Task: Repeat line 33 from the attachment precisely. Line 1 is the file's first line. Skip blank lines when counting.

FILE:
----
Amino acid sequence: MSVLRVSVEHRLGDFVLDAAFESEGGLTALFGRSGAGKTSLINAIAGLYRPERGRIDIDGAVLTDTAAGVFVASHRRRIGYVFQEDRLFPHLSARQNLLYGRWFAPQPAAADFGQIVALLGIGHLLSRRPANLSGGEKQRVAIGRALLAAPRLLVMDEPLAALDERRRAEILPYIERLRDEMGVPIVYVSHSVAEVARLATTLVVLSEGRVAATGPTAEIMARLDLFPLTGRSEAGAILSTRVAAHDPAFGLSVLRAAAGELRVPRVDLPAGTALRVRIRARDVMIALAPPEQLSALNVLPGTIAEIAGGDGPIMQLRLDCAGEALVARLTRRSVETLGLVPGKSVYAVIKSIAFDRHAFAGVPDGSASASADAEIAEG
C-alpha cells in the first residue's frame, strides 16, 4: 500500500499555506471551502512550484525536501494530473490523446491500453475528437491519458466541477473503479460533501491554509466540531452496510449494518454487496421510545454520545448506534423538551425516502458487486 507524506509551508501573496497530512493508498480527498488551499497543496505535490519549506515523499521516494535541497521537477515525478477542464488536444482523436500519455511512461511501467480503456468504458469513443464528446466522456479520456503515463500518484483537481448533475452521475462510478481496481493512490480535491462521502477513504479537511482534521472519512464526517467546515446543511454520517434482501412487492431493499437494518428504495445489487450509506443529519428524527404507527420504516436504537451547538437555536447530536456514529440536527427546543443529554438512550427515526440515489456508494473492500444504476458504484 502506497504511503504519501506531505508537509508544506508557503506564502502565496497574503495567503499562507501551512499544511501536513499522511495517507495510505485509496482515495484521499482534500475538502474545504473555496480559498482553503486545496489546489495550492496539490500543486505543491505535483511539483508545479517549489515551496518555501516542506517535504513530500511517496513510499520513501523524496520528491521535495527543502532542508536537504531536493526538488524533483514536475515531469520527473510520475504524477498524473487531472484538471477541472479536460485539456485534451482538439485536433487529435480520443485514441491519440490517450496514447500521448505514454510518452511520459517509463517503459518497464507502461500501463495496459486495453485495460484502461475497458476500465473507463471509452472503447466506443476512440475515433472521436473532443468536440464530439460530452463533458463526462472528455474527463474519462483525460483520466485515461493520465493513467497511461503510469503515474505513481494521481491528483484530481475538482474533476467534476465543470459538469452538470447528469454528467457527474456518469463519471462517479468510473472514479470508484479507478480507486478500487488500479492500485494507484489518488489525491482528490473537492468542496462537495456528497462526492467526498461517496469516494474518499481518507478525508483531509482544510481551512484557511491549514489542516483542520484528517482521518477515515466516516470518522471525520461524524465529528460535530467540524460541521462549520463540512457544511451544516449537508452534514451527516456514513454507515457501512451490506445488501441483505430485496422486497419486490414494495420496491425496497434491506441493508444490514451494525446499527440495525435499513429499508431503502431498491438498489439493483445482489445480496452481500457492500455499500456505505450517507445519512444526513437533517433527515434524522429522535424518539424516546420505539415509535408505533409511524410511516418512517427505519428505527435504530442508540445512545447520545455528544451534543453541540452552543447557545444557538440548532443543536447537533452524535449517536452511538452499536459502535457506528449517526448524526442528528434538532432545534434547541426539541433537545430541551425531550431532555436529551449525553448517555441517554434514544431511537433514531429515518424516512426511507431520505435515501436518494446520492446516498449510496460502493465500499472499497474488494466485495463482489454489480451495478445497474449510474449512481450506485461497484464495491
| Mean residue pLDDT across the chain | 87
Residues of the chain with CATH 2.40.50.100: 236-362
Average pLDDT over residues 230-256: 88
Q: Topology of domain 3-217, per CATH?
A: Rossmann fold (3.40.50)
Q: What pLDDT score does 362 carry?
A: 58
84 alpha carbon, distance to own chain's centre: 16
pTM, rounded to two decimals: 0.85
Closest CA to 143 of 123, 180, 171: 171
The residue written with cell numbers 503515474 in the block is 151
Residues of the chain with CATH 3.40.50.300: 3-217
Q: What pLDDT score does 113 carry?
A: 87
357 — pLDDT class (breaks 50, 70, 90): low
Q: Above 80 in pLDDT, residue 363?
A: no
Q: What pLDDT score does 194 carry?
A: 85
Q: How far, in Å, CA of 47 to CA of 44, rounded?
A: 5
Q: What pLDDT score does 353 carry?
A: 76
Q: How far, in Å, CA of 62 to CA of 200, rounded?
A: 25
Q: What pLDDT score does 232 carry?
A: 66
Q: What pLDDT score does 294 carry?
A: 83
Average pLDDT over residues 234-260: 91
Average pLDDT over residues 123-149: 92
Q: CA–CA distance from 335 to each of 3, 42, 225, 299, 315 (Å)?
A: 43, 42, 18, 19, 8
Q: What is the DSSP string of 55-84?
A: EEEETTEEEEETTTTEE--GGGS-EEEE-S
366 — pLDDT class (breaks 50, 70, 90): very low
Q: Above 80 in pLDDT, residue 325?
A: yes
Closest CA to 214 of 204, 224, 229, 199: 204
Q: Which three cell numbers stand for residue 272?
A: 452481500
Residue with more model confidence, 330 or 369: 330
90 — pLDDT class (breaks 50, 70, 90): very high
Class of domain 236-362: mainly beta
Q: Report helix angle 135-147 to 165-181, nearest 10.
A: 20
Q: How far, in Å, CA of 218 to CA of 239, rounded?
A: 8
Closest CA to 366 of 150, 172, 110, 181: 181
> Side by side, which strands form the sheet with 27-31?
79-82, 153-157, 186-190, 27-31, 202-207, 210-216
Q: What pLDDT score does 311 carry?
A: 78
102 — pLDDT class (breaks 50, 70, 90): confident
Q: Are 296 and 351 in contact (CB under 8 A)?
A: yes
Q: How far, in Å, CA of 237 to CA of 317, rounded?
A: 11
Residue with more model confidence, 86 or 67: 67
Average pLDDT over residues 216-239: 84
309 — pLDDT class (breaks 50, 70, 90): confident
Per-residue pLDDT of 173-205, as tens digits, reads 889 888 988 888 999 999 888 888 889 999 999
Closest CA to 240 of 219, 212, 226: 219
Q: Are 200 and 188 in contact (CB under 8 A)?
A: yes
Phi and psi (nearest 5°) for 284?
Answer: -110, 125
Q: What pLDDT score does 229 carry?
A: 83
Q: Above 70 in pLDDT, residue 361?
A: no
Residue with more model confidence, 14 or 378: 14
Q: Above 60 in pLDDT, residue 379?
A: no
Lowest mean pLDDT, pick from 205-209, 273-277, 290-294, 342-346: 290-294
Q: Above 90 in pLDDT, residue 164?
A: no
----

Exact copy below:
Average pLDDT over residues 123-149: 92